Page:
Ronaldo getting frustrated as he longs for Juventus to play more like Real Madrid

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Ronaldo’s body language has unsurprisingly come under the spotlight, although anyone who has followed his career knows that, as with LeBron, this is nothing new. But this is a crucial week for Ronaldo. He was brought to Turin to win the Champions League for Juve, and they face Atletico Madrid having lost the first leg in Spain 2-0. nike

Ronaldo cut an irritated figure, spending much of the second half of Juventus’ nominal top-of-the-table clash against Napoli gesturing to his team to push up and join him in attack. At one stage he jumped in the air and threw his hands down by his side, a familiar move to anyone who watches Ronaldo, but rather than performing his trademark celebration — the five-time Ballon d’Or winner has gone three games without a goal or an assist — it was a show of frustration at how his teammates were playing.8

“Mister!” he called over to the bench in the forlorn hope that Juventus’ coach Massimiliano Allegri might change tactics and throw caution to the wind. When it didn’t happen, his lack of enthusiasm became evident in the half-hearted nature of his attempts to press the ball — more energy was spent venting his annoyance at the little service and support he received.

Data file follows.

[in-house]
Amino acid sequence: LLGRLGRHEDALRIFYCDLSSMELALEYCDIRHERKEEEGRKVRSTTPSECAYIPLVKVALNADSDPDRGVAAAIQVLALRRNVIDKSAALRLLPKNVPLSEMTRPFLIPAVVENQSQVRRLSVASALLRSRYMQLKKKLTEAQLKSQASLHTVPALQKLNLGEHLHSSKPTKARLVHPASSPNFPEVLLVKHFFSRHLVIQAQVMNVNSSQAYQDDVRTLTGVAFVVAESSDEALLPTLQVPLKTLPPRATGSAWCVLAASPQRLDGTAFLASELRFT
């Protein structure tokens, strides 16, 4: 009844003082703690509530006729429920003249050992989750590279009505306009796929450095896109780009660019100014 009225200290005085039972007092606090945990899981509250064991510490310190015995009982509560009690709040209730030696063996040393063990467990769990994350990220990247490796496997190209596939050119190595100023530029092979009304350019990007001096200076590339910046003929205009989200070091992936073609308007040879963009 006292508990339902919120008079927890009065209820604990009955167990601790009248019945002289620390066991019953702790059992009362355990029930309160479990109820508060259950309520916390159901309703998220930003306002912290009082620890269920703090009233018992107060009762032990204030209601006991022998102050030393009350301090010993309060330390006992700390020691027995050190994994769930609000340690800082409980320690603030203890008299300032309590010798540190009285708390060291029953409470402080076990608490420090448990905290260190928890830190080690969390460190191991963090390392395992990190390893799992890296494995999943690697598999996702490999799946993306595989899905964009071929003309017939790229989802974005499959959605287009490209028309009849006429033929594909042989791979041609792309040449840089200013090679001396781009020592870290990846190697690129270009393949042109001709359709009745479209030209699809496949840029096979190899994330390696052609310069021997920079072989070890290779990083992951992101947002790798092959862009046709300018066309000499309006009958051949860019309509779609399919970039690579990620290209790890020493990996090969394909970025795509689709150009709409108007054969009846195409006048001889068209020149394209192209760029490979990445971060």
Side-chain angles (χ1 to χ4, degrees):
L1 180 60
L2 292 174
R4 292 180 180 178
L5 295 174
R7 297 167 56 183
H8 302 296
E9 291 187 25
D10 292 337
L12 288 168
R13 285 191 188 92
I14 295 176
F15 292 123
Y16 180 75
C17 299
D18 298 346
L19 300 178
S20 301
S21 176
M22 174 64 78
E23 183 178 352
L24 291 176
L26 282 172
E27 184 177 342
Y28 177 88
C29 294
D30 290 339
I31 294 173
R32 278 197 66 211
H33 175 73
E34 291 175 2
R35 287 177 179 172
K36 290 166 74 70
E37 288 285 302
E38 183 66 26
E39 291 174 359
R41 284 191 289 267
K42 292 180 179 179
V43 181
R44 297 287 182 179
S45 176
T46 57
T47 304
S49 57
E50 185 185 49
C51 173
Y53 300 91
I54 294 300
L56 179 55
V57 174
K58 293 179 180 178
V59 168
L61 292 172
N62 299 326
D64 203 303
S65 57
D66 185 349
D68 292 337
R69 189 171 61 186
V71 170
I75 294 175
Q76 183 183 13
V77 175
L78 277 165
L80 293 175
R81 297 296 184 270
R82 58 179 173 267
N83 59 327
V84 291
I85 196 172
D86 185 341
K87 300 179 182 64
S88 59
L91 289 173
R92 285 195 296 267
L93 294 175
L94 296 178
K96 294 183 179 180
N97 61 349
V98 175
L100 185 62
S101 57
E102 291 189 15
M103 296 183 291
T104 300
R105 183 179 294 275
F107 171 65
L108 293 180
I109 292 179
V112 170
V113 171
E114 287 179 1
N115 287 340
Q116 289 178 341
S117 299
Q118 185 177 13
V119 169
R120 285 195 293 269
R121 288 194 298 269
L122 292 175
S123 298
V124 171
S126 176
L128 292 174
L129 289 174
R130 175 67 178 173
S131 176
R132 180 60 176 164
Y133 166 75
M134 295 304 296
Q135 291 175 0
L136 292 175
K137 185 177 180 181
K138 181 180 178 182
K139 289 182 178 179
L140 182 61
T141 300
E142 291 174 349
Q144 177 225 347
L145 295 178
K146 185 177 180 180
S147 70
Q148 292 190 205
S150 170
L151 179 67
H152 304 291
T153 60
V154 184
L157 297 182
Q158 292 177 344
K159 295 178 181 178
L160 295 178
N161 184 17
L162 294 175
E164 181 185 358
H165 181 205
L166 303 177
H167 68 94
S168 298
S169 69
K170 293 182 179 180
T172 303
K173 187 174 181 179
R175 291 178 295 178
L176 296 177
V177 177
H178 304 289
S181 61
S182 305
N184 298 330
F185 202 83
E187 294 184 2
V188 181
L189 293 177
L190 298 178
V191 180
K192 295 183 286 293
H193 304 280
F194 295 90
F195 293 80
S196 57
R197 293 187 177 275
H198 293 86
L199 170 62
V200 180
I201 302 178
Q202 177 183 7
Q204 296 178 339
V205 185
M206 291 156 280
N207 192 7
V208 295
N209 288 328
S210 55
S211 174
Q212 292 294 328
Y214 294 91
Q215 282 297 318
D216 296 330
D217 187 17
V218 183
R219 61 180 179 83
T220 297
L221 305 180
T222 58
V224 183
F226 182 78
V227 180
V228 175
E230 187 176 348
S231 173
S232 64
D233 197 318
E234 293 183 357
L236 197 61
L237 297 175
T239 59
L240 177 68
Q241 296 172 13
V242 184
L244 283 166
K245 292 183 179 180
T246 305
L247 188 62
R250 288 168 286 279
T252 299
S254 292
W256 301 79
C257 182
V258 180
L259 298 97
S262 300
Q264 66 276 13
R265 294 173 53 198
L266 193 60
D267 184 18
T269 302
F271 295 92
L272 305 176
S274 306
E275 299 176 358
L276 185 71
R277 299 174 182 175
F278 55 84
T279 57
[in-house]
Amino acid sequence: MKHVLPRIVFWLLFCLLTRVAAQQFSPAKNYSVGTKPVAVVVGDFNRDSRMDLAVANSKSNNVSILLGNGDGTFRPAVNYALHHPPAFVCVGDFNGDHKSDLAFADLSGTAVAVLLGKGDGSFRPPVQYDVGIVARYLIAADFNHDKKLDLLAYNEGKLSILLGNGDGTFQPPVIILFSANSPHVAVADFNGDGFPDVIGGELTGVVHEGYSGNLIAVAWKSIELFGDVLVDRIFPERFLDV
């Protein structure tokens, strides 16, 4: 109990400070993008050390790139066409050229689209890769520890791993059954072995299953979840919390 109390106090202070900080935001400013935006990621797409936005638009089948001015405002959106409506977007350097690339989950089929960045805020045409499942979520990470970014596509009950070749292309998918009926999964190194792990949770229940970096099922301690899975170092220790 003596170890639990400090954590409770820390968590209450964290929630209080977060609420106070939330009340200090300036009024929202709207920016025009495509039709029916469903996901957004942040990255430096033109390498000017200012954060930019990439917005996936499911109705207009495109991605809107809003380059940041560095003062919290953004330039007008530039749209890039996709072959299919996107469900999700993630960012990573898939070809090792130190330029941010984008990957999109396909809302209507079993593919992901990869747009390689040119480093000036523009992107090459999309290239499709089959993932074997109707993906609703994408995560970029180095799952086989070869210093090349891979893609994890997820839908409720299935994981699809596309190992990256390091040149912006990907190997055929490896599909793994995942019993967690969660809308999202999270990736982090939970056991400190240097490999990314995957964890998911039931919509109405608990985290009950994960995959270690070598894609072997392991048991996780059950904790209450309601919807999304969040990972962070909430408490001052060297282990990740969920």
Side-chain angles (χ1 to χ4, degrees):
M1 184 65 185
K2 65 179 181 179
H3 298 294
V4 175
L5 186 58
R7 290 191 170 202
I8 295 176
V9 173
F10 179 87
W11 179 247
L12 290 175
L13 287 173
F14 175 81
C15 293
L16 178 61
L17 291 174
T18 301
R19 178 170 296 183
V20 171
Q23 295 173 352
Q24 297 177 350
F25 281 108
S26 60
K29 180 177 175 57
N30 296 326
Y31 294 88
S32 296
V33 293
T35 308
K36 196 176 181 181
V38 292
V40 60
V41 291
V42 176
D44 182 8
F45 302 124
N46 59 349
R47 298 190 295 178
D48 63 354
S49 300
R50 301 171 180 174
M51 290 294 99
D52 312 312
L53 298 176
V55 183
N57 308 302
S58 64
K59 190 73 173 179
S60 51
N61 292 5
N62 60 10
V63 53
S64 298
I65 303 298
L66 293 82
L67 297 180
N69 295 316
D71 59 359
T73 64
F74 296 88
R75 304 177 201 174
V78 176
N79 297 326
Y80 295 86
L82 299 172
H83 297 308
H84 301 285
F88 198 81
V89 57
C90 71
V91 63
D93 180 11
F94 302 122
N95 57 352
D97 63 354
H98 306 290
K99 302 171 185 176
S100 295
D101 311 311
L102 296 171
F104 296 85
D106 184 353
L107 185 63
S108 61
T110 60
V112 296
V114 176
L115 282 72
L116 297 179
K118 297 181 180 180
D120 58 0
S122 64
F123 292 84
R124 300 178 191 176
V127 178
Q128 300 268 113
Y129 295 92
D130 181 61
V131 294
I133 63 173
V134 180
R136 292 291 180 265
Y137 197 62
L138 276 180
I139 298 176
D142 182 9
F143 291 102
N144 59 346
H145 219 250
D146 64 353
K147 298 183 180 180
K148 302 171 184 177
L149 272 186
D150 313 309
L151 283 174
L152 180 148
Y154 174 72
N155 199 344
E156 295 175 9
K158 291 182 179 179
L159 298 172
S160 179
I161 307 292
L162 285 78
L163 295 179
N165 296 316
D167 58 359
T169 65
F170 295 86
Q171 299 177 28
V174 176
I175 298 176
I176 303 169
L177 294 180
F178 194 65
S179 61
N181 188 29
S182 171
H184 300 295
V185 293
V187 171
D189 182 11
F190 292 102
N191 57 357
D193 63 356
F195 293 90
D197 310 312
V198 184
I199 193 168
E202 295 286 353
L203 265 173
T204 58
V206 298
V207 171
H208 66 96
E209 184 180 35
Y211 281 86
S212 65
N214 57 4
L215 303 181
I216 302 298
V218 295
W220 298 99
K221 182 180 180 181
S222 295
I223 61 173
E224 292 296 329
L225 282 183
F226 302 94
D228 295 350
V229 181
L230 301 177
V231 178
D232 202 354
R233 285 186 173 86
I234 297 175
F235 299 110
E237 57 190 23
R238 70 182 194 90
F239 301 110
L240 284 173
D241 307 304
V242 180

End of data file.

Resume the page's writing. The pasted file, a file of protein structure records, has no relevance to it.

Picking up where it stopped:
Napoli had been reduced to 10 men in the 25th minute after goalkeeper Alex Meret came out to challenge Ronaldo, bringing him down outside the area without making any obvious contact, and was sent off for dangerous conduct.

Miralem Pjanic stood over the free kick and curled it in, a reminder of his talent for these particular situations. The Bosnian is seventh on the all-time list for free-kick goals in Serie A — no one has scored more in his eight years in the league — but too often this season Pjanic has had to step aside and watch Ronaldo hit the wall or blast one into the stands. Emre Can doubled Juventus’ lead shortly afterwards, and, disappointingly for neutrals, the game seemed all but over.

But even a man down, Napoli repeatedly frightened Juve. Piotr Zielinski struck the post, and when Pjanic was sent off early in the second half the Partenopei dominated. They played Juventus off the park, stringing together 304 passes, 118 of which were completed in the final third. All Juventus could muster in the same sector of the field were a measly 20. The shot count told the same story: 14 to one in Napoli’s favour.